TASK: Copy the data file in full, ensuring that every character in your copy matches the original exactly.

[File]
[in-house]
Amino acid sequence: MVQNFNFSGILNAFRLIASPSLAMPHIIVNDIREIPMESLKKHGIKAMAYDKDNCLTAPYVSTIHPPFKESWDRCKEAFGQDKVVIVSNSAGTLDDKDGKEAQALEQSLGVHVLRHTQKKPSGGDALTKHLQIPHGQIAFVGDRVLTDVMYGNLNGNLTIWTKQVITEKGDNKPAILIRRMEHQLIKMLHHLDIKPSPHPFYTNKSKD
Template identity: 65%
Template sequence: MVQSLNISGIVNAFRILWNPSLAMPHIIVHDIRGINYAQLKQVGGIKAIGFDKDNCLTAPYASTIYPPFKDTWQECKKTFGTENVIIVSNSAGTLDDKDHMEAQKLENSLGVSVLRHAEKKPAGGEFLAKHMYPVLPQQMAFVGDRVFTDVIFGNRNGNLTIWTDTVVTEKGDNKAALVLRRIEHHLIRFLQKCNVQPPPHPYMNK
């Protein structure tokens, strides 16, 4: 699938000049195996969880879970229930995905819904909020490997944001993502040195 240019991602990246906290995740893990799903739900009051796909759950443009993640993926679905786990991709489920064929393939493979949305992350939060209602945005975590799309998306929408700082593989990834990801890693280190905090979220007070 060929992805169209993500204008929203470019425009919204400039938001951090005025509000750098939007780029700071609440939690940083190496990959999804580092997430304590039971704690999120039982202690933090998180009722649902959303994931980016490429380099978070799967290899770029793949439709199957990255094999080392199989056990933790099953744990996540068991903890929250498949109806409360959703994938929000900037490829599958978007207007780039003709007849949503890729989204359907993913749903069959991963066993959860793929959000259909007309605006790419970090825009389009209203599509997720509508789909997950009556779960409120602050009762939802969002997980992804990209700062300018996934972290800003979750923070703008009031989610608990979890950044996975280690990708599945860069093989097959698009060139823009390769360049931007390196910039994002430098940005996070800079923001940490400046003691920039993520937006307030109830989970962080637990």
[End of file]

[in-house]
Amino acid sequence: MVQNFNFSGILNAFRLIASPSLAMPHIIVNDIREIPMESLKKHGIKAMAYDKDNCLTAPYVSTIHPPFKESWDRCKEAFGQDKVVIVSNSAGTLDDKDGKEAQALEQSLGVHVLRHTQKKPSGGDALTKHLQIPHGQIAFVGDRVLTDVMYGNLNGNLTIWTKQVITEKGDNKPAILIRRMEHQLIKMLHHLDIKPSPHPFYTNKSKD
Template identity: 65%
Template sequence: MVQSLNISGIVNAFRILWNPSLAMPHIIVHDIRGINYAQLKQVGGIKAIGFDKDNCLTAPYASTIYPPFKDTWQECKKTFGTENVIIVSNSAGTLDDKDHMEAQKLENSLGVSVLRHAEKKPAGGEFLAKHMYPVLPQQMAFVGDRVFTDVIFGNRNGNLTIWTDTVVTEKGDNKAALVLRRIEHHLIRFLQKCNVQPPPHPYMNK
């Protein structure tokens, strides 16, 4: 699938000049195996969880879970229930995905819904909020490997944001993502040195 240019991602990246906290995740893990799903739900009051796909759950443009993640993926679905786990991709489920064929393939493979949305992350939060209602945005975590799309998306929408700082593989990834990801890693280190905090979220007070 060929992805169209993500204008929203470019425009919204400039938001951090005025509000750098939007780029700071609440939690940083190496990959999804580092997430304590039971704690999120039982202690933090998180009722649902959303994931980016490429380099978070799967290899770029793949439709199957990255094999080392199989056990933790099953744990996540068991903890929250498949109806409360959703994938929000900037490829599958978007207007780039003709007849949503890729989204359907993913749903069959991963066993959860793929959000259909007309605006790419970090825009389009209203599509997720509508789909997950009556779960409120602050009762939802969002997980992804990209700062300018996934972290800003979750923070703008009031989610608990979890950044996975280690990708599945860069093989097959698009060139823009390769360049931007390196910039994002430098940005996070800079923001940490400046003691920039993520937006307030109830989970962080637990």